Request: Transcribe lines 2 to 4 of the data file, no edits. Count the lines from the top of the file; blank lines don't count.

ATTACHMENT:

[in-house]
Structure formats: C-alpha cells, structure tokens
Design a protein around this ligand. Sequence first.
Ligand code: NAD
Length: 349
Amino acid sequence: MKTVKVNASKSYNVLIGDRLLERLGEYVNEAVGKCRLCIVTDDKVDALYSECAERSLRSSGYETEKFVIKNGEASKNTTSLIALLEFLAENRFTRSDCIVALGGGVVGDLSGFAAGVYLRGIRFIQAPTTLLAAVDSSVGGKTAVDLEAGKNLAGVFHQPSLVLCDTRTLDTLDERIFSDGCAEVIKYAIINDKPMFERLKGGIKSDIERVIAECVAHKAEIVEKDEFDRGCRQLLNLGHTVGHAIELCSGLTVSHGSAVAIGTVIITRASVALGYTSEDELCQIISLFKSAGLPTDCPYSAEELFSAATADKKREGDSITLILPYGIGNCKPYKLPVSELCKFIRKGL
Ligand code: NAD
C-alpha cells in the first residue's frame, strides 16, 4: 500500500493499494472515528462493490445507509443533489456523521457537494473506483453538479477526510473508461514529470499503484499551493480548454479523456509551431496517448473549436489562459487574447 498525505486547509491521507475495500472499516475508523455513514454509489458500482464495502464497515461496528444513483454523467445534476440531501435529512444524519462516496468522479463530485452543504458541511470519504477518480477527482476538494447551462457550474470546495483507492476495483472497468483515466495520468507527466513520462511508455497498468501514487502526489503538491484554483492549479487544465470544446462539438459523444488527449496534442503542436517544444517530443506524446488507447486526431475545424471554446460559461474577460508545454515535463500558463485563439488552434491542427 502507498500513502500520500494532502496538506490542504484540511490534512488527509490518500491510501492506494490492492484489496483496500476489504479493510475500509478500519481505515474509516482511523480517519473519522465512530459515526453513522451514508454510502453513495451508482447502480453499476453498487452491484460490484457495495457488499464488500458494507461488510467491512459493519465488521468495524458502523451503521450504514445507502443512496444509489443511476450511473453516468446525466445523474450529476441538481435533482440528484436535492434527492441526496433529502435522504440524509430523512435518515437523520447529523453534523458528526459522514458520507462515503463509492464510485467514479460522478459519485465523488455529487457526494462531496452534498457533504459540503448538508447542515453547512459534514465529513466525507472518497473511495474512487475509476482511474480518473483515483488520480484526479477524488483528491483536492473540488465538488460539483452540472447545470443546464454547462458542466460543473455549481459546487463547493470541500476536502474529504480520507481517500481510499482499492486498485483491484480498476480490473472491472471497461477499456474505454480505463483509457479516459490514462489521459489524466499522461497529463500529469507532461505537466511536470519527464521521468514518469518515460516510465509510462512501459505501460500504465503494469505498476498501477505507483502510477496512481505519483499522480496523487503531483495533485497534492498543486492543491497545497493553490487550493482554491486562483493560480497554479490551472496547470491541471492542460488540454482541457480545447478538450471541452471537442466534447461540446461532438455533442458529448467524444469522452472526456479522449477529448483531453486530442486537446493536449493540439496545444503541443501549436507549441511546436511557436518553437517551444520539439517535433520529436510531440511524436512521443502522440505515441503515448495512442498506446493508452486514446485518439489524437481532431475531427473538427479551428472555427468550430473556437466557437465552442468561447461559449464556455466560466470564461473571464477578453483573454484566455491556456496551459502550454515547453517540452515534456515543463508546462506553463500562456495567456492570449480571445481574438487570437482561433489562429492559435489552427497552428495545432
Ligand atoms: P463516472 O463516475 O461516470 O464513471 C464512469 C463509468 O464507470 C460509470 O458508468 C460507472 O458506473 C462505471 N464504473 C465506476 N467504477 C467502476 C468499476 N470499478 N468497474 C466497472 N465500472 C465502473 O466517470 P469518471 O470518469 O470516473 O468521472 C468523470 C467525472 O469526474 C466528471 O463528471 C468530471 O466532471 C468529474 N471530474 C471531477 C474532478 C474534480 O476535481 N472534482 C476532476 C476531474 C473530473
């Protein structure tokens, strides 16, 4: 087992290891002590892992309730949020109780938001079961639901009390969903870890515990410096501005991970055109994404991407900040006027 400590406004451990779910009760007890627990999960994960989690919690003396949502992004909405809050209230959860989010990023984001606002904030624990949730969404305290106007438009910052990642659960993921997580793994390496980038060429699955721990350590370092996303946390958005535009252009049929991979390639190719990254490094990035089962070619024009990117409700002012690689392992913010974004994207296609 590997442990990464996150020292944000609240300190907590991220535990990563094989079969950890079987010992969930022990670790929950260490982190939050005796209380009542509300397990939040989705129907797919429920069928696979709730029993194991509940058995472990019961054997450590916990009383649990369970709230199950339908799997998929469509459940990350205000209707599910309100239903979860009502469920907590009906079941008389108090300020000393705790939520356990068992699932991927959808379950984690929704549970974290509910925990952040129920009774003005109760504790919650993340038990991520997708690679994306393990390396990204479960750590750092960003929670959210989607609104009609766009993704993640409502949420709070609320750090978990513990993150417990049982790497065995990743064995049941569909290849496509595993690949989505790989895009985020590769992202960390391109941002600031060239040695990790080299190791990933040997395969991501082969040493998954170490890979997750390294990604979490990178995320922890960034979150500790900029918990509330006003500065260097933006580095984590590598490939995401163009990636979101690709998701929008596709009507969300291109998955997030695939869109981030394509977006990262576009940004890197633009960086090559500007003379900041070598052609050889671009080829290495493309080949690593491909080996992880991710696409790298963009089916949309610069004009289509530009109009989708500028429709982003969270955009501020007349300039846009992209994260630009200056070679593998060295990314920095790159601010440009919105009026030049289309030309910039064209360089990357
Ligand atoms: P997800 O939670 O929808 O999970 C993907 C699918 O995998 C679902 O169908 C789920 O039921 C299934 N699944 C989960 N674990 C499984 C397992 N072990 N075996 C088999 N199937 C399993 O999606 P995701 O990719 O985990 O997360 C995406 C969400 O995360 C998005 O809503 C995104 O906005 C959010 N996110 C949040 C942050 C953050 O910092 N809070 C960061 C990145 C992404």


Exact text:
Structure formats: C-alpha cells, structure tokens
Design a protein around this ligand. Sequence first.
Ligand code: NAD